Critics, however, called it a waste of rubles, or worse. "With its marble-covered reinforced concrete structure, its projected fake-stone sculptured reliefs and its computer-outlined frescoes," said one Western academic, the cathedral "is the ultimate symbol of this Epcot-ization process, tragically erasing real historical understanding." In Gentes’s view, the replica cathedral’s "inauthenticity" shows "the futility of trying to establish links with the imperial past." The entire project, he concludes, reveals "a reluctance to come to terms with the Soviet period—to pretend . . . it never happened."

Liberalizing Japan

"The Privilege of Choosing: The Fallout from Japan’s Economic Crisis" by Masaru Tamamoto, in World Policy Journal (Fall 1998), World Policy Institute, New School University, 65 Fifth Ave., Ste. 413, New York, N.Y. 10003.

Beneath Japan’s seeming indecision over how to revitalize its economy, sagging since 1990, is a society on the verge of a grand transformation, observes Tamamoto, a Senior Fellow at the World Policy Institute, New York, and a visiting professor in the Faculty of Law at Ritsumeikan University, Kyoto.

During the "bubble" years of 1985–90, there was much talk of Japanese-style capitalism, supposedly superior to the U.S. brand. Now, Tamamoto says, Japanese pundits acknowledge there is only one basic type— and that Japan has an over-regulated version. Deregulation alone won’t solve the problem, however. The Japanese will be forced to give up the "protected life" and strong "sense of community" they have come to know.

Pointing toward this transformation, Tamamoto maintains, are many apparently discrete changes already in effect or in the works. Some are seemingly minor, such as letting superior students skip grades, and making taxi fare schedules more flexible. Others are clearly earthshaking. A plan to cut back government bank deposit insurance, for example, will likely lead to the government allowing more uncompetitive banks to fail.

An even more fundamental change concerns the powerful Japanese government bureaucracy. In the post-1945 order, that institution has acted not only in an administrative capacity but as the nation’s legislature and judiciary. Now, however, the bureaucracy is losing the Confucian "mandate of heaven," Tamamoto writes. Recent arrests and indictments of Ministry of Finance officials and other bureaucrats have strengthened reform-minded politicians such as Naoto Kan, who leads the opposition Democratic Party. Three years ago, Kan was appointed minister of health and welfare in a coalition government. For nearly a decade, the ministry had claimed it could not locate records pertaining to a criminal negligence suit brought against it by hemophiliacs infected with HIV. "Kan ordered that the records be found, and they were produced within a few days," Tamamoto notes. "Resignations and indictments followed." This affair "accelerated the demand for transparency and accountability"—two new words in the Japanese political lexicon.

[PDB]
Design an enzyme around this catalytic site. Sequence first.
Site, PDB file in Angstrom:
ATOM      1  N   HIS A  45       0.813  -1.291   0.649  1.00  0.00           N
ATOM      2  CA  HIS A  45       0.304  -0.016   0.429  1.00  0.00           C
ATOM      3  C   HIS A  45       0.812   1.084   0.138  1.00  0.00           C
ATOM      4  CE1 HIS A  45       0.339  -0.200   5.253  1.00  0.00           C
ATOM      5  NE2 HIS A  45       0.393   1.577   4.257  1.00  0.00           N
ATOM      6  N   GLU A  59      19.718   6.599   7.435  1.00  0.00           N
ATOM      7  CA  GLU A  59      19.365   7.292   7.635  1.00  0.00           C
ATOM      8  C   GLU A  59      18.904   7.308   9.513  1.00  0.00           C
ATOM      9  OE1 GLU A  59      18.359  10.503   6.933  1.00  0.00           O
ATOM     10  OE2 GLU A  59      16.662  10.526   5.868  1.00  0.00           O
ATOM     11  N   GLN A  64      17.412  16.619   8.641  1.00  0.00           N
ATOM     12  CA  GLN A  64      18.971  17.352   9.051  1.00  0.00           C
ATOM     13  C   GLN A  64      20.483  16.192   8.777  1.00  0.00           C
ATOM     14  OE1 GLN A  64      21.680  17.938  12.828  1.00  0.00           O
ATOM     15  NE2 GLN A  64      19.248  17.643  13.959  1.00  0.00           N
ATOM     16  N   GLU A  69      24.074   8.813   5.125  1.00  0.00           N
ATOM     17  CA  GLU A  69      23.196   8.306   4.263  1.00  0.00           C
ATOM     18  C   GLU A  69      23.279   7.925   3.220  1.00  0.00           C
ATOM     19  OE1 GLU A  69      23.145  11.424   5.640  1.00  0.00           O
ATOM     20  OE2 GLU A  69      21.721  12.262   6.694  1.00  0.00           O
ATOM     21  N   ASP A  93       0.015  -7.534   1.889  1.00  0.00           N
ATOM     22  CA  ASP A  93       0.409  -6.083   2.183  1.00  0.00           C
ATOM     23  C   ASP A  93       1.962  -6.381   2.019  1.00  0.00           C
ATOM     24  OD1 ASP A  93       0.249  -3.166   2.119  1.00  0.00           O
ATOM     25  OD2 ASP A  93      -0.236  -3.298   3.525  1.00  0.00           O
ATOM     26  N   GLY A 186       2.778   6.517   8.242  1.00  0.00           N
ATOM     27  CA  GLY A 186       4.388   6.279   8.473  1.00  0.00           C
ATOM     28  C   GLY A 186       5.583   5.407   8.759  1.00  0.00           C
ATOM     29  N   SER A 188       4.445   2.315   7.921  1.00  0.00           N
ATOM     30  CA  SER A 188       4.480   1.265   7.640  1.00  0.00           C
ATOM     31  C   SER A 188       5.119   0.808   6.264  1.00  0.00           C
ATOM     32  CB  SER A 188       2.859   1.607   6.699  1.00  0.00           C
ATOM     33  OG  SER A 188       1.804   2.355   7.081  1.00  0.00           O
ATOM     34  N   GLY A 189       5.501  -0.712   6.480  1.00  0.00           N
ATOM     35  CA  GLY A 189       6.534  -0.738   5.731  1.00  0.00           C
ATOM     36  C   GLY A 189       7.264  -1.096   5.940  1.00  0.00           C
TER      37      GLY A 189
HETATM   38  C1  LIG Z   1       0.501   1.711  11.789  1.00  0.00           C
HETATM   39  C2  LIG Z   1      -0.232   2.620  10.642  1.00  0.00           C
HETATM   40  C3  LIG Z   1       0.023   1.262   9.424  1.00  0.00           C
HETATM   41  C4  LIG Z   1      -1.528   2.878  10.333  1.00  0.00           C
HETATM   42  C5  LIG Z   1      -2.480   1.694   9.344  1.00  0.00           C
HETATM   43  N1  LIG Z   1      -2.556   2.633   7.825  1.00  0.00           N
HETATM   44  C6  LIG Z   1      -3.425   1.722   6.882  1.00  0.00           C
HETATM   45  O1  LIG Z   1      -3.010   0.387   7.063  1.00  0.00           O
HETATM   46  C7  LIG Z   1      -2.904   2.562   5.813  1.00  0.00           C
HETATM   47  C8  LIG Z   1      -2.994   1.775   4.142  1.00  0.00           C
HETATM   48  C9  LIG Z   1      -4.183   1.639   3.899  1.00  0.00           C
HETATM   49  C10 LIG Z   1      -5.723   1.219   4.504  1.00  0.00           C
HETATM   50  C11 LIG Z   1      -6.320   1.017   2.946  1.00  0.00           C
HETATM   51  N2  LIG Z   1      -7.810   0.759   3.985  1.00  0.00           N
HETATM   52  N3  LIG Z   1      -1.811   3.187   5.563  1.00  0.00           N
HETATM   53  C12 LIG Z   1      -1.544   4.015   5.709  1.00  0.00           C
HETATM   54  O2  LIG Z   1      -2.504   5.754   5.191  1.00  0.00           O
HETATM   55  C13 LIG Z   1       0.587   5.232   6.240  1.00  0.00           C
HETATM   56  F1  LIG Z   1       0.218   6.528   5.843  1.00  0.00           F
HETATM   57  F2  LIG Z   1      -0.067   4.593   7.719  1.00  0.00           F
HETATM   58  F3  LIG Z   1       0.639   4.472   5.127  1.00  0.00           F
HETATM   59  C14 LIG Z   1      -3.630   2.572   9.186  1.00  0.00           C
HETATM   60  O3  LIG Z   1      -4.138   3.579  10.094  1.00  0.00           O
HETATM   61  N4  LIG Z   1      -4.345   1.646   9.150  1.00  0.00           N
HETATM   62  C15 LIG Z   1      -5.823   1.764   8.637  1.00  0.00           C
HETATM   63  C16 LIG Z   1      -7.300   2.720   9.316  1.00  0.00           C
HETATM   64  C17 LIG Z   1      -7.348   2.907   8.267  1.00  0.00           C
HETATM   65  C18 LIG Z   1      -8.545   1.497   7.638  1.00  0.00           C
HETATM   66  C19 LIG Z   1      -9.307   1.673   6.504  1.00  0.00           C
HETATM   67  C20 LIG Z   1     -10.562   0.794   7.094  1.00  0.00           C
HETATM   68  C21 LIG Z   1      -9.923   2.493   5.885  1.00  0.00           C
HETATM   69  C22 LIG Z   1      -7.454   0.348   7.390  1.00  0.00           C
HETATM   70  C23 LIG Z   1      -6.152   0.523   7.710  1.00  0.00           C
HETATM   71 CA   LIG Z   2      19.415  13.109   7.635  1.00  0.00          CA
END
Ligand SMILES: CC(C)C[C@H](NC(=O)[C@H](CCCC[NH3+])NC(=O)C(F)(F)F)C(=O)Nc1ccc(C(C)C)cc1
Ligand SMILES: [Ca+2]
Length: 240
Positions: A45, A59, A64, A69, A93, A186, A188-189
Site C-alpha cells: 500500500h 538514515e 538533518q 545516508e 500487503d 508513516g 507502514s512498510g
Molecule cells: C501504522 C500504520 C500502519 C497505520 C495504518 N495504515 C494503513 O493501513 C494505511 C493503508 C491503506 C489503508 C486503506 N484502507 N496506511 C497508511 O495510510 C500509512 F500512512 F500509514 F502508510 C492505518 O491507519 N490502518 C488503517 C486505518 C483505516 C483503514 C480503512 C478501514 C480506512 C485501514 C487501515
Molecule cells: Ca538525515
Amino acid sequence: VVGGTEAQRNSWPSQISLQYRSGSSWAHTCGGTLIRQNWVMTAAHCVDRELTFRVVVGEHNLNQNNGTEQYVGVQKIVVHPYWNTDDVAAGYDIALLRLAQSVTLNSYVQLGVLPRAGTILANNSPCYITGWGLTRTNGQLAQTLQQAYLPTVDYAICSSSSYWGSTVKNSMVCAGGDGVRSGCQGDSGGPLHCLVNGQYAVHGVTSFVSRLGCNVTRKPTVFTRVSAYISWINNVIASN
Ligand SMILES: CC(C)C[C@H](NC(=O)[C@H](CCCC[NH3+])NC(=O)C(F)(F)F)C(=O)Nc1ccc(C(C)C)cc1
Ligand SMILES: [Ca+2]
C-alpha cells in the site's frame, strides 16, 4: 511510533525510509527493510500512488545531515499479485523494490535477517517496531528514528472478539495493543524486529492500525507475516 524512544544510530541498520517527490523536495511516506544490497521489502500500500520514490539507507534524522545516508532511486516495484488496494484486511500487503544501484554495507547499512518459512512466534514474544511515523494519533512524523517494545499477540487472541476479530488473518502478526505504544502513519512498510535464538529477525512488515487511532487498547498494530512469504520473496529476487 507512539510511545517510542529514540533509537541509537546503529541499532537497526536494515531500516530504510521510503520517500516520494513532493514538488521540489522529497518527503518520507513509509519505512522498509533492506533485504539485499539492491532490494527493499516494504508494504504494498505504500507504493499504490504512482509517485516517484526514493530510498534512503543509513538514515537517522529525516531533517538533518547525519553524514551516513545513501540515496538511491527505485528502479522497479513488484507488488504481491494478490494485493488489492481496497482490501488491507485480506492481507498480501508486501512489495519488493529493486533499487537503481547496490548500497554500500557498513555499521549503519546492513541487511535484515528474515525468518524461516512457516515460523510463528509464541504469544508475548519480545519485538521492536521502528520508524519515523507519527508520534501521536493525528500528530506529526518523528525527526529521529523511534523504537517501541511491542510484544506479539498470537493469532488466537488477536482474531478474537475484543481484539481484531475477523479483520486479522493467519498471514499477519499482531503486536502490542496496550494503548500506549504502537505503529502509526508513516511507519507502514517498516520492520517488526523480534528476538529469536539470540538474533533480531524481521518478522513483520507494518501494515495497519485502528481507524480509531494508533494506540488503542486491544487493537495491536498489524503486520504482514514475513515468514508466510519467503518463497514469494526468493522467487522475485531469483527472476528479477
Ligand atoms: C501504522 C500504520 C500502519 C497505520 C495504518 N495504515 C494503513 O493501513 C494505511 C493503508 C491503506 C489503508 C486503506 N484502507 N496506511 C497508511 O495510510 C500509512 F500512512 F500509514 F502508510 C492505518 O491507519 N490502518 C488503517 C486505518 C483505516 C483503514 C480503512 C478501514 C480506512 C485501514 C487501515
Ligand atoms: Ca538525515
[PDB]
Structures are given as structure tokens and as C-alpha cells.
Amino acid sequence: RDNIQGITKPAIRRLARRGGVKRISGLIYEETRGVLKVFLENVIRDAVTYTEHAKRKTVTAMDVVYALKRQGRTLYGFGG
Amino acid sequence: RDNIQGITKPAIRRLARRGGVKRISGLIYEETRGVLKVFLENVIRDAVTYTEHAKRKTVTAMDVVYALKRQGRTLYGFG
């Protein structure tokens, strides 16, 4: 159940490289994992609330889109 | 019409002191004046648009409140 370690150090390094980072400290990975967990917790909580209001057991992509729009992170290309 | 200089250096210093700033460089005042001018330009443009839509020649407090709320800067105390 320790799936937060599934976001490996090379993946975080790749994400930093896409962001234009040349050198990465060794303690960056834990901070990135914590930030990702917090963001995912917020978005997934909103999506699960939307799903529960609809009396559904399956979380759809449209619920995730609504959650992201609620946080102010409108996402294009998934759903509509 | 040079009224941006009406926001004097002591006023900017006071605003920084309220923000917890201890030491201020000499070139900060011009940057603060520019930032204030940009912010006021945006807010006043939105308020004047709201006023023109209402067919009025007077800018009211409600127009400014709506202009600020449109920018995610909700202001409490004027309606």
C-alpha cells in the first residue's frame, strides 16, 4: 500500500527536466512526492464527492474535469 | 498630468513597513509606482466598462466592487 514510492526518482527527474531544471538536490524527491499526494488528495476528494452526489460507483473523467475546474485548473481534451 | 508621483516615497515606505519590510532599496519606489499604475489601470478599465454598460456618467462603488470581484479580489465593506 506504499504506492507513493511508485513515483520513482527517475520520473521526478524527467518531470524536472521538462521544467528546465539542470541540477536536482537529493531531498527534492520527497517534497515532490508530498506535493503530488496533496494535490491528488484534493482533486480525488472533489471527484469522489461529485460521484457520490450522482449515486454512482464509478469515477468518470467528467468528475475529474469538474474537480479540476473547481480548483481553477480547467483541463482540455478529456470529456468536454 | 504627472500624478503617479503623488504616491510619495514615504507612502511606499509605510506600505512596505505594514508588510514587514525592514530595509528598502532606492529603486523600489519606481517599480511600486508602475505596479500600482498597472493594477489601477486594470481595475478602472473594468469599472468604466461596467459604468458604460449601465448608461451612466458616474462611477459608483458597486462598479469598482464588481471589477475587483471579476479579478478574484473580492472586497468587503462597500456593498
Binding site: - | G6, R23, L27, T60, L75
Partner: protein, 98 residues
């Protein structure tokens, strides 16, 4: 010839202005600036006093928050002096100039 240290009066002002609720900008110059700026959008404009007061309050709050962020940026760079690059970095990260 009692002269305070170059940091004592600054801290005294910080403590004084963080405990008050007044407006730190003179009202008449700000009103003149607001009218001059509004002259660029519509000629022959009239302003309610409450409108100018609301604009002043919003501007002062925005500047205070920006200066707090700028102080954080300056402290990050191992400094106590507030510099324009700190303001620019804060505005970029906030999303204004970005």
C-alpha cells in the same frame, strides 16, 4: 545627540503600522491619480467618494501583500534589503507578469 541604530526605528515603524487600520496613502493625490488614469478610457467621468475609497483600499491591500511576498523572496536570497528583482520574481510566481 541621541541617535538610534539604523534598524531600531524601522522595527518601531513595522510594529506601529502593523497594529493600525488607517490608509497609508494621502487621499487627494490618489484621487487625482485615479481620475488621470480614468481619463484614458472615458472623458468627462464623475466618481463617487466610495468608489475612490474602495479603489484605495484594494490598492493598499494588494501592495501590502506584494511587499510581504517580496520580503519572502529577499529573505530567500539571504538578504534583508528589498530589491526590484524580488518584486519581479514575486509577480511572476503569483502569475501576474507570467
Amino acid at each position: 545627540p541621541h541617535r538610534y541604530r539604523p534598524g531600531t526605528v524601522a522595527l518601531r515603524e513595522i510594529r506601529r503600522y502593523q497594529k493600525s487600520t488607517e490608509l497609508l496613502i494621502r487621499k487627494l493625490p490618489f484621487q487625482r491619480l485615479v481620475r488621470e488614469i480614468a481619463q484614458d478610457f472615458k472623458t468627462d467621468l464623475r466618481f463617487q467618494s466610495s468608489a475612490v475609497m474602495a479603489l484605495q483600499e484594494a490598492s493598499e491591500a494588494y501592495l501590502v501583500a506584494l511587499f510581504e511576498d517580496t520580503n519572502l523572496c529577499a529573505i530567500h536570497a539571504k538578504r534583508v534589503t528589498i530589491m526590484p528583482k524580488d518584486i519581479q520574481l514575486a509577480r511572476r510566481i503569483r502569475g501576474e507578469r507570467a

The aging of Japanese society is another force for change, Tamamoto says. By 2020, one in four Japanese will be over 65. Despite its prowess in certain export sectors, the Japanese economy is full of inefficiencies, and the only way to make the economy grow will be to increase productivity by sweeping them away.

In Japan, lacking a tradition of liberal individualism, the social change will be profound. Corporate lifetime employment is on the way out; seniority is giving way to merit in fixing compensation. As "the community becomes less a source of protection, welfare, and an ordered life," Tamamoto writes, the Japanese will become more individualistic— more concerned with individual rights, and more inclined to take risks. Inequality of results will become more acceptable.

Most Japanese remain oblivious to the direction in which their country is headed, Tamamoto observes, and "would be unlikely to approve the kind of society that is being forged."

120 WQ Spring 1999